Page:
Our unit was known as ASRTU which stood for Air Sea Rescue Training Unit. We were equipped with Vickers Warwick aircraft, a development of the famous Wellington bomber. It looked very similar to the Wellington but was even larger and our particular ones were made to carry a boat under their belly. These were dropped into the sea and used three parachutes to support them on their way down.They were dropped alongside aircrews that had come down in the water and our unit was responsible for training people to drop them correctly.
On arrival at Thornaby I had just completed my flight mechanic's course at Blackpool and it was the first time that I was ever to be let loose on a real aircraft. As an airframe mechanic, my job was to inspect 'my' particular aircraft everyday to ensure that it was airworthy and to sign to say that it was fit to fly, as far as the airframe was concerned. (The airframe was practically every bit that one can see, except the engines.) This was a rather daunting responsibility for any new 19-year-old flight mech. and so, on the first morning, when the flight sergeant told me to go and inspect C "Charlie", I was determined to do my very best.
It was just after nine o'clock when I left the crew room to do my inspection and, after looking at very nearly every rivet, etc., I returned about midday. I naturally felt very pleased with myself and walked proudly over to the flight office to sign for my aircraft. My joy was further increased to see the flight sergeant standing outside, looking keenly in my direction.
"Where the b . . . . . hell have you been, airman?" was his fiery greeting.
"Doing my daily inspection, flight sergeant."
"A likely story. You have been gone three hours and if you ever slope off like that again you'll be on a charge! I'll be watching you tomorrow, my lad". (I didn't realise that the popular time for doing the job was about 45 minutes, if everything was OK!.)
Another particular memory that I have of Thornaby was that our hut was just a few hundred yards off the end of the runway and when the training crews were on night flying exercises we used to lay in bed listening to the Warwicks thundering down the runway towards us and flying very low over our hut. One's overriding concern, of course, was . . . "I wonder if this is the one that won't make it?"
Many houses adjoined the airfield, of course, and I can share their dislike for night flying but, we were in the middle of a war. However, that didn't prevent some of the neighbours from complaining bitterly about it and their complaints were taken very seriously!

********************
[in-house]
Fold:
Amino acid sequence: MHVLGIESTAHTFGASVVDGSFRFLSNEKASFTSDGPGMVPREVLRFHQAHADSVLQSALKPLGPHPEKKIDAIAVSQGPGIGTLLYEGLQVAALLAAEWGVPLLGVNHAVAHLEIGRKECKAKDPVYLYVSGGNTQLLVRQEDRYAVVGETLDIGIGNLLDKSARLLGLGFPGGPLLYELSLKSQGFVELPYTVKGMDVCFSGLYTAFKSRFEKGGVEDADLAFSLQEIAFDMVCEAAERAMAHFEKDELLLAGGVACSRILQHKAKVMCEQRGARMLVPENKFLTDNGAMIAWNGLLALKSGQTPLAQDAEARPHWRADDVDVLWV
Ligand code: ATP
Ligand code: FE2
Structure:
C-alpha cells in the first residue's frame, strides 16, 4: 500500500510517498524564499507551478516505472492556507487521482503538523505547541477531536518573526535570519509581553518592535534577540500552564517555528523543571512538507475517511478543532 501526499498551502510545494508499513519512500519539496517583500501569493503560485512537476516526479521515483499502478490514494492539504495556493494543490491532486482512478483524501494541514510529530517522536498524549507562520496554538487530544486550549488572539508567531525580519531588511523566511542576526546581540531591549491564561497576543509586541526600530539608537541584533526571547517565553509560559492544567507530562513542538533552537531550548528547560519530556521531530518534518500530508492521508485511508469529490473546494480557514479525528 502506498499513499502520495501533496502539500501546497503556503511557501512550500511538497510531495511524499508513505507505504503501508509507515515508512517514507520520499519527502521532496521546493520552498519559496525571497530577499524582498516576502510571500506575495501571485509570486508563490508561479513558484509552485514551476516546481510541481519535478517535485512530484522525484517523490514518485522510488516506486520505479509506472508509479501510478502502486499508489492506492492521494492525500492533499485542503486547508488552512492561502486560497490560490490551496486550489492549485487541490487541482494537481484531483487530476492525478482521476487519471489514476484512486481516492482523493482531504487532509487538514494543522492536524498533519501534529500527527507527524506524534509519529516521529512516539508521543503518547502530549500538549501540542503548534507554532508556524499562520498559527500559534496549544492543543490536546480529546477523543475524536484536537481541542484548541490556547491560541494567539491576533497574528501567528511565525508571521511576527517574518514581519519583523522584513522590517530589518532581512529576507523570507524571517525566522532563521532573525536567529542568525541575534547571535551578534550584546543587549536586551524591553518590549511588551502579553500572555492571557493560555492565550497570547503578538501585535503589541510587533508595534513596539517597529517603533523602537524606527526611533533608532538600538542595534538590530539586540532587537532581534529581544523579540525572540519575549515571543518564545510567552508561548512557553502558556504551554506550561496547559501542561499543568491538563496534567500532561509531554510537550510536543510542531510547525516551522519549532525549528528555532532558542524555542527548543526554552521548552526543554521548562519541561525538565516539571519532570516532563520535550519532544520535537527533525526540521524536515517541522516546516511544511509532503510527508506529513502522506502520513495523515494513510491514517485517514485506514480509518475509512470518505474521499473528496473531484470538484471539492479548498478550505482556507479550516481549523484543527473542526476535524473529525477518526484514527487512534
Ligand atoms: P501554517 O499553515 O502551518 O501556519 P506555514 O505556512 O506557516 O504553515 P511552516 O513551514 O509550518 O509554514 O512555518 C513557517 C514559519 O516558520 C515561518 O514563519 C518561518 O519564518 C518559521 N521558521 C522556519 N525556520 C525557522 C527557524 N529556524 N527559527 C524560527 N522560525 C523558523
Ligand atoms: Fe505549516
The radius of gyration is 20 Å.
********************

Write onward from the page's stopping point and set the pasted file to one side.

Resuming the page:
We had some good times in Stockton and Middlesboro' and I can remember the night I made a date with a local girl and to my horror she turned up in clogs. Coming from the far south of England I had never seen anything like that before, but the noise that they made walking through the empty streets was more than I could bear!
One night my mate and I called in to the first pub at the entrance to Stockton where a couple of regulars were playing darts. We were very poor players, really, but agreed to play the locals for a pint. By some strange fluke, we won the first two matches and towards the end of the third game I threw two darts into the treble 19 bed. "Three in a bed is game" shouted one of our opponents, knowing full well that we wouldn't achieve it.
I took careful aim without the slightest hope of ever getting it (I never had in the past) but to my astonishment it went straight in. Everyone was very impressed; we got our winning pints; but no one else would give us another game!
Cpl. John Nicholas Payne Downing.John Downing served as a Wireless Operator Group 2
Air Commodore. Charles Henry Elliott-Smith. (d.11th Jan 1941 )Charles Elliott-Smith was the Officer Commanding, No 9 Flying Training School.
LAC Kenneth Hobson.Ken Hobson served as a HE fitter .
Diana Mary CharltonI enrolled as No 884859 ACW2 WAAF (47 Wilts) Women’s Auxiliary Air Force on 19 September 1939 at RAF Old Sarum Called up and posted to RAF Rollestone — the RAF Anti-Gas School on October 27 1939.
Having enlisted on September 19 1939 at RAF Old Sarum, I was called back there, with about thirty others, on October 27 1939. Here we were given our service numbers, never forgotten, and issued with gas-masks, gas capes and identity discs — one red, one green, proof against fire and water, before piling into an open-backed three-ton lorry, our baggage thrown in after us, and driven out into the wilds of Salisbury Plain. I think we had been told we would be stationed at RAF Rollestone — the RAF Anti-Gas School — half-way between the Army artillery camp at Larkhill and the village of Shrewton.